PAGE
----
Our nation’s economy is experiencing a dramatic comeback.
In the three months before President Obama took office, we hemorrhaged two million jobs. Millions of Americans had lost their homes. American manufacturing was flat on its back.
But thanks to the president’s steady leadership, the ingenuity of American businesses and the resilience of our workers, we’ve made a remarkable turnaround. We’ve seen 58 consecutive months of private sector job growth – the longest streak on record – with over 11 million new jobs created.
Consumer confidence hasn’t been this strong in seven years. The manufacturing sector added 186,000 jobs last year. Exports are at an all-time high.
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But the president knows this progress doesn’t mean the game’s over. Instead, he’s using the momentum to shore up and build on these successes. That’s why he’s proposing free community college for everyone willing to work for it. It’s why he wants to expand access to broadband. It’s why he’s pushing to provide paid leave for more working families.
And it’s why he wants to pursue trade agreements with the strongest labor and environmental standards in history. As he mentioned in the State of the Union, the president has asked Congress to give him trade promotion authority to “protect American workers, with strong new trade deals from Asia to Europe that aren’t just free but fair.”
Over the last five years, increased exports from the United States have contributed to nearly a third of the nation’s economic growth. In 2013, the nation exported an all-time high of $2.3 trillion of goods and services. Those exports help support more than 11 million American jobs – and export-related jobs pay, on average, 13 to 18 percent more than non-export jobs.
What’s true nationwide is especially true in Washington, the nation’s most trade-dependent state. Together, the ports of Tacoma and Seattle generated economic activity totaling $4.3 billion in 2013, helping to support tens of thousands of jobs. Four of ten jobs in Washington are directly or indirectly tied to trade. From apples to airplanes, Washington companies are sending their products all over the world.
New markets and increased exports is great news for companies like Northwest Door in Puyallup. Jeff Hohman leads this family-owned business that manufactures garage doors that are not only sold across the Puget Sound and throughout the United States, but that also make their way to markets around the world. From Australia and New Zealand to Japan and Canada, Northwest Door and its workers have realized that with 95 percent of the world’s customers outside of our borders, we need to capitalize on every chance we get to reach those markets with Made-in-America products.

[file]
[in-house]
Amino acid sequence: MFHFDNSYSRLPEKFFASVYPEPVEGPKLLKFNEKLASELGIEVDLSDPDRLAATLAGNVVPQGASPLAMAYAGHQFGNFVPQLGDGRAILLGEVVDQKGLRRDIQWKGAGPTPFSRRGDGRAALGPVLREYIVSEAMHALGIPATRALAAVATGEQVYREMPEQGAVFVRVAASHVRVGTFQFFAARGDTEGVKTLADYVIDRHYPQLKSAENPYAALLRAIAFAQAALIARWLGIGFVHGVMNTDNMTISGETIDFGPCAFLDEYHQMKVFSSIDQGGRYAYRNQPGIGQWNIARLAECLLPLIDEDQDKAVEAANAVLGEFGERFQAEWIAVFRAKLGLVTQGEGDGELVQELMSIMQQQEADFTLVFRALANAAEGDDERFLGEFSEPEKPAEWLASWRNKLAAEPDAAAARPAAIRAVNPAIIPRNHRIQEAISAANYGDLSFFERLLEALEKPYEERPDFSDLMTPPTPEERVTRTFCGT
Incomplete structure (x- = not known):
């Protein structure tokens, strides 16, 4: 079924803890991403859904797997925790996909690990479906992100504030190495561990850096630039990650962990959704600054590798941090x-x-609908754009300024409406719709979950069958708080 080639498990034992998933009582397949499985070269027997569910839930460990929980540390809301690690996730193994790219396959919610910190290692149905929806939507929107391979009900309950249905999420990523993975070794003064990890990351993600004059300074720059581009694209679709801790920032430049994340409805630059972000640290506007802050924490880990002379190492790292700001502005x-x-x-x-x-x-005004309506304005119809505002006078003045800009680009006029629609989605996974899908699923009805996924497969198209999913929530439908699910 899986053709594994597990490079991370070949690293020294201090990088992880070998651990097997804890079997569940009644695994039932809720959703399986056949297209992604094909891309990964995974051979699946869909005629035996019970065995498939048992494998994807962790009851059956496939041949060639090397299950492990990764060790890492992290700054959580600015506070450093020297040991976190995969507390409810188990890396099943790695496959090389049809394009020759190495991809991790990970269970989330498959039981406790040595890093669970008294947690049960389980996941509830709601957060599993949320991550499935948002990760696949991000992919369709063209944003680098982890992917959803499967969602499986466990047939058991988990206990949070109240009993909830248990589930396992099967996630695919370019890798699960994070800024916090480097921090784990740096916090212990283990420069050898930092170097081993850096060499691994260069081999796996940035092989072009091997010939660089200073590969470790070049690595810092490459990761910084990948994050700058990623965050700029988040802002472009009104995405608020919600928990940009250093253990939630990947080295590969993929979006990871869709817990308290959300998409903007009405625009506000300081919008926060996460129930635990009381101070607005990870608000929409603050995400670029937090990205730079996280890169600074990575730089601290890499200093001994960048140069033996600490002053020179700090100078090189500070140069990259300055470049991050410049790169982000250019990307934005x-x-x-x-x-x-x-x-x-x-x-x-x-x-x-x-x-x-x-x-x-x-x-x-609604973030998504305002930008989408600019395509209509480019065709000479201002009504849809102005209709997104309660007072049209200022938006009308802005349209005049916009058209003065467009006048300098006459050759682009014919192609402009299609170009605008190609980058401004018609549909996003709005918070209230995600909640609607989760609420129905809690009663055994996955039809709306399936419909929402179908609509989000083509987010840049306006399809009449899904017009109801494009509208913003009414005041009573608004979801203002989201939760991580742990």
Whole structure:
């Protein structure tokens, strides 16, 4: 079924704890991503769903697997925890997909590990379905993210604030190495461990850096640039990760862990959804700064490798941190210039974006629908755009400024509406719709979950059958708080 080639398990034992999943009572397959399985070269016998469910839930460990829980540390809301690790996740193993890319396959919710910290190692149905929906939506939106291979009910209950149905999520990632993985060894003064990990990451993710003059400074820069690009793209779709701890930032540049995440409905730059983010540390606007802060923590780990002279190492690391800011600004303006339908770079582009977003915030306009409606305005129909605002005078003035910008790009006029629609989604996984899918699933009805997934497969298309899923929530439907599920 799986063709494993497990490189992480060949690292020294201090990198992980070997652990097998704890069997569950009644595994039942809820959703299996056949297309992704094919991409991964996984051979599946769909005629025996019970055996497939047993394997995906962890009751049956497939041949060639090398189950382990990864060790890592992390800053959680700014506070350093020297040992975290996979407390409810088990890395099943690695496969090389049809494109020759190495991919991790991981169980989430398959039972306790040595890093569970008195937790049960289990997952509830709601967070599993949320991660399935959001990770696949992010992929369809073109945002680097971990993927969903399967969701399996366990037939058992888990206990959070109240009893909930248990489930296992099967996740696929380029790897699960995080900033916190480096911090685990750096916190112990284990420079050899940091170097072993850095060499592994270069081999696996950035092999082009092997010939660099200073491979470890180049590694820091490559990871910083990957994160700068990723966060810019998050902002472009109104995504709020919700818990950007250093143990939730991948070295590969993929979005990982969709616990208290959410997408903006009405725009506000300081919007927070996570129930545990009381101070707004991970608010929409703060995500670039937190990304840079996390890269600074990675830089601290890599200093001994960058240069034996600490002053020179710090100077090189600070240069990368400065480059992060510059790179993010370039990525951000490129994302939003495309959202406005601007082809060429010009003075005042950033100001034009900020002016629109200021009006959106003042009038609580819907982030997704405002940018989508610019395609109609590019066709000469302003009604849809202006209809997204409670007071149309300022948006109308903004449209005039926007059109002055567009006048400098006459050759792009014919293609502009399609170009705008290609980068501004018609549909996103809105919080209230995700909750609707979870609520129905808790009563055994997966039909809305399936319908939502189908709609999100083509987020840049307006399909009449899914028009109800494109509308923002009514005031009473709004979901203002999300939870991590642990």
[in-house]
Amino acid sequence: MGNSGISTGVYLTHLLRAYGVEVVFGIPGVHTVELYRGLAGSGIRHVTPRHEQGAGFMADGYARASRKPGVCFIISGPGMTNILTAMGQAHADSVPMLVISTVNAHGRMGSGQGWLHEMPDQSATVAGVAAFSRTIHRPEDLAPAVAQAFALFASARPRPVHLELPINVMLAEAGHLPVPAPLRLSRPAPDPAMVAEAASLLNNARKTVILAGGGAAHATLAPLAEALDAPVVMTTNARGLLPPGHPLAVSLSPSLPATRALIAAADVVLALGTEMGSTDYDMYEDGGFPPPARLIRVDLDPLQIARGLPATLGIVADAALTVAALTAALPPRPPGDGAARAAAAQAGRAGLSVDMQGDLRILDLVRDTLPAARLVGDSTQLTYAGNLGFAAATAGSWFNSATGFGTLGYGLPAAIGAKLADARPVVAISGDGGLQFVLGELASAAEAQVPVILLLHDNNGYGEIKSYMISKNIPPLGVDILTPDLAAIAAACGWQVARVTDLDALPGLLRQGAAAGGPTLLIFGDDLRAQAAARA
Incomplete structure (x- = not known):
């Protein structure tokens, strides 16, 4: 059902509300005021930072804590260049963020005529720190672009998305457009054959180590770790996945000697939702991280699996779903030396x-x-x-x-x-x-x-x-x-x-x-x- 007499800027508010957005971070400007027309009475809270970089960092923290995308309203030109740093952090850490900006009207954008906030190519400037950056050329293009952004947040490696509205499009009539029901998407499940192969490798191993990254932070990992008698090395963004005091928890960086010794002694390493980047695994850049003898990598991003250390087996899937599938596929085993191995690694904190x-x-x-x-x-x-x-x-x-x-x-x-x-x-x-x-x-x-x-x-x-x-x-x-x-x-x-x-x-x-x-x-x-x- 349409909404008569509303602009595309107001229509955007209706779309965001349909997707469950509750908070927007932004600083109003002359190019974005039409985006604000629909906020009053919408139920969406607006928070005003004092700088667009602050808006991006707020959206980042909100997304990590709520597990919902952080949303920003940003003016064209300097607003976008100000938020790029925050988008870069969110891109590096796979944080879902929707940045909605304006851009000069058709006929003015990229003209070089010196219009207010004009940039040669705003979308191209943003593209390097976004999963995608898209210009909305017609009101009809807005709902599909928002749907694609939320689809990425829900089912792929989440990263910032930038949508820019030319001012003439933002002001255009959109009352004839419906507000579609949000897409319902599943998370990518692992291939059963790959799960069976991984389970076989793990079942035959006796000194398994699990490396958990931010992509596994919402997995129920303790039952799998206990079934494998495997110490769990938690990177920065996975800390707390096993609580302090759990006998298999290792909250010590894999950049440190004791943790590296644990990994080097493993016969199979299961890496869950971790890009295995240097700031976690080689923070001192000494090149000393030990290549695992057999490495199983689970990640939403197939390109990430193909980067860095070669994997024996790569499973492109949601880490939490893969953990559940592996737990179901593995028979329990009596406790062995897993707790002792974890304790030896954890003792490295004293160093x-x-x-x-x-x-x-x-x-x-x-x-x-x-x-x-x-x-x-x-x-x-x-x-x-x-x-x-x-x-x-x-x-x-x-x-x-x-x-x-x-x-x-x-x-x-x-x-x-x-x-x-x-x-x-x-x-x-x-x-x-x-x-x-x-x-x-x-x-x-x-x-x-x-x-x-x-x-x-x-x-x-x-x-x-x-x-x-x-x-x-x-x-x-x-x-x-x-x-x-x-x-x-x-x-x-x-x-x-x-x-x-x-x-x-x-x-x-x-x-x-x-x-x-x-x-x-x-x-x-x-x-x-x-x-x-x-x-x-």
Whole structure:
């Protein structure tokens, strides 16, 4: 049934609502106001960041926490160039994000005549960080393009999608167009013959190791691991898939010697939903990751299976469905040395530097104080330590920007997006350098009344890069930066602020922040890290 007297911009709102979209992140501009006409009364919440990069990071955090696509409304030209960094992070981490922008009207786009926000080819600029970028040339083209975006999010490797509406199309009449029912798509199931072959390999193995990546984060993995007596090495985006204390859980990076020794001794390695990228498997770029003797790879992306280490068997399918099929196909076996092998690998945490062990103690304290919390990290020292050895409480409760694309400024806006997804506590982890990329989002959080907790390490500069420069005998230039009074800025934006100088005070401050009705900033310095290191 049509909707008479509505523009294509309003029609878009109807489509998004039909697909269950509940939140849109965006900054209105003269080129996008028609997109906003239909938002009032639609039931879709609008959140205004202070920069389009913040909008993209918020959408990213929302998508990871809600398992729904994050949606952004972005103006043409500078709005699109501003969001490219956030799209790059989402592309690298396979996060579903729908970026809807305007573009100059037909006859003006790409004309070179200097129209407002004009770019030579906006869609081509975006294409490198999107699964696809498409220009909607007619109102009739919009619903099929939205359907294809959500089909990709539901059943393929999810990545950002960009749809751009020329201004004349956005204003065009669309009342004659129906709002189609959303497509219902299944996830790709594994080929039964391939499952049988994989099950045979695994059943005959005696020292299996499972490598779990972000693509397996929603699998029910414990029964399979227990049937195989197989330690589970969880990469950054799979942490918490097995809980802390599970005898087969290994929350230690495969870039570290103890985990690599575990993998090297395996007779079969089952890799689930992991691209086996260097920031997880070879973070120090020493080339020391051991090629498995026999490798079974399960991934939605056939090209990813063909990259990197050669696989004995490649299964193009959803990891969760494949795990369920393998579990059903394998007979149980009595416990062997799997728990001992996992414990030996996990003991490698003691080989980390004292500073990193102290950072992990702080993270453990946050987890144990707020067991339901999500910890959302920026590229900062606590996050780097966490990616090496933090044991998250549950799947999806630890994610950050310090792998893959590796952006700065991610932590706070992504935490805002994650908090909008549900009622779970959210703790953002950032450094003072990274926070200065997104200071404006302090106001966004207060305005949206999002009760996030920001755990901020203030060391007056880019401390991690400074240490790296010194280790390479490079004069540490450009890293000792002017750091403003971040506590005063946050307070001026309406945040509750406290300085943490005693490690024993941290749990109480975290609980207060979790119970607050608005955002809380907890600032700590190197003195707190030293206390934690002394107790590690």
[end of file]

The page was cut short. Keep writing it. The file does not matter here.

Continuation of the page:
Understandably, some are concerned about the impacts of new trade agreements. They raise valid questions about protecting jobs and wages, about workers’ rights and environmental protections. Recognizing that previous trade agreements have not always lived up to the hype, the president is deeply committed to raising the bar on these issues.
That means making sure our negotiating partners meet strong labor standards and that our trade agreements include enforcement mechanisms to hold them accountable to those commitments. The president is asking for support from Congress to help make this happen. This way, international trade not only reflects our national values, it also helps U.S. companies and workers to compete on a level playing field. As the president said in his State of the Union address, if we don’t establish tough, fair rules through trade agreements, countries like China will write those rules. That would threaten American jobs and workers – and our access to the fastest growing markets in the world.
A trade policy that’s good for the middle-class must also make sure that our workforce system and the Trade Adjustment Assistance Program can act quickly and flexibly to help transitioning workers access new skills and find new opportunities.
Increased trade tends to lead to increased productivity and supports higher-wage jobs on average, but we know more must be done to ensure that the gains from trade are broadly shared by middle-class families. That’s why we are taking steps to lift stagnant wages, for example by revising the rules that determine eligibility for overtime pay. It’s why we continue to push for an increase in the national minimum wage that will give a raise to millions of workers. Washington state has long had a minimum wage well above the current, outdated national level without sacrificing robust economic growth.
Trade agreements like the Trans-Pacific Partnership are important for our 21st century competitiveness. With trade promotion authority, we can use them to raise labor standards and improve working conditions around the world. And we can use them to grow our own economy and create new opportunities for Washington’s workers and businesses.
Thomas E. Perez is the nation's 26th secretary of labor. He wrote this for The News Tribune.